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Five fantastic Sir Matt Busby facts on anniversary of his passing

Sam Barnard, Assistant Sports Editor | January 20, 2016

On this day, back in 1994, former Manchester United managerial great Sir Matt Busby sadly died after a long and prosperous life particularly in the footballing world aged 84.

So, in light of the anniversary of the Scotsman’s passing, Coral writers find five fantastic facts that you may not know about the Old Trafford icon.

Lithuania’s finest

Lithuania Trakai Castle

Besides fictional character Hannibal Lecter, the average person in Britain wouldn’t be able to name many famous Lithuanians. However, it is little known that both of Busby’s parents were actually from the Baltic state.

Alexander and Nellie Busby emigrated over to Scotland in the early 20th century, before Matt (born Alexander Matthew Busby) was born in May 26th, 1909.

Man City and Liverpool hero

Soccer - Football League Division One - Brentford v Liverpool

While Man Utd were the only club that Busby managed, for 25 years across two spells, he in fact was a midfielder/forward in his playing days for bitter Northwest rivals Manchester City and Liverpool in more than 300 games combined.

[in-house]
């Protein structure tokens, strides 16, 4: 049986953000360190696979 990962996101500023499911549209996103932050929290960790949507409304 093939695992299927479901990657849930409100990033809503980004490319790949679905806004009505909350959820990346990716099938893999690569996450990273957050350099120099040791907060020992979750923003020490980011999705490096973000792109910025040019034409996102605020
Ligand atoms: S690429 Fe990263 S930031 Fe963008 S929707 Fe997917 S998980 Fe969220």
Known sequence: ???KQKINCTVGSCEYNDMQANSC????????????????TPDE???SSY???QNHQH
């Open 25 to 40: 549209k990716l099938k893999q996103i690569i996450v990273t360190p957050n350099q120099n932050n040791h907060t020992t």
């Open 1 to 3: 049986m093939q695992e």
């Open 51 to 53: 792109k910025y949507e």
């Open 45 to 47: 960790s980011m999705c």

His past connections were soon forgiven, and largely even forgotten, of course after winning much silverware with the Red Devils to install himself as a club icon.

Busby and Fergie alike

INTERNATIONAL SOCCER

Much like future Man Utd managerial legend and fellow Scottish knight of the realm Sir Alex Ferguson, Busby had a short spell in charge of his home nation.

Busby took over from the Scotland national team in 1958, just before the Munich disaster, but was unable to lead them at the World Cup that year due to his injuries. Fergie, meanwhile, did manage them at the 1968 finals, after the unexpected death of Jock Stein, before taking over at Old Trafford that summer.

It should also be noted that Busby also coached a Team GB to the semi-finals at the 1948 Olympics on home soil, losing 3-1 to Yugoslavia, featuring mainly amateurs.

Sole Scotland cap against future friend

Busby, Murphy & Crompton.

Unlike Sir Alex, however, Busby did manage an official cap for his country, which came in 1933 at the age of 24 while on Man City’s books.

Coincidentally, he was playing against Wales which featured future long-term assistant Jimmy Murphy in their XI.

Busby immortalised by Beatles

The Beatles 1966

To finish off with, legendary Liverpool band The Beatles perhaps remembered Busby’s connections with the city, as they reference his name in the song ‘Dig It’ in the 1970 UK-released album ‘Let It Be’.

Featuring other famous names B.B. King and Doris Day, the track, a tribute to Bob Dylan’s ‘Like a Rolling Stone’, is just 51 seconds long, but the full version is actually 8:20 and one of the very few songs credited to all four band members.

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Check out more in our trivia section.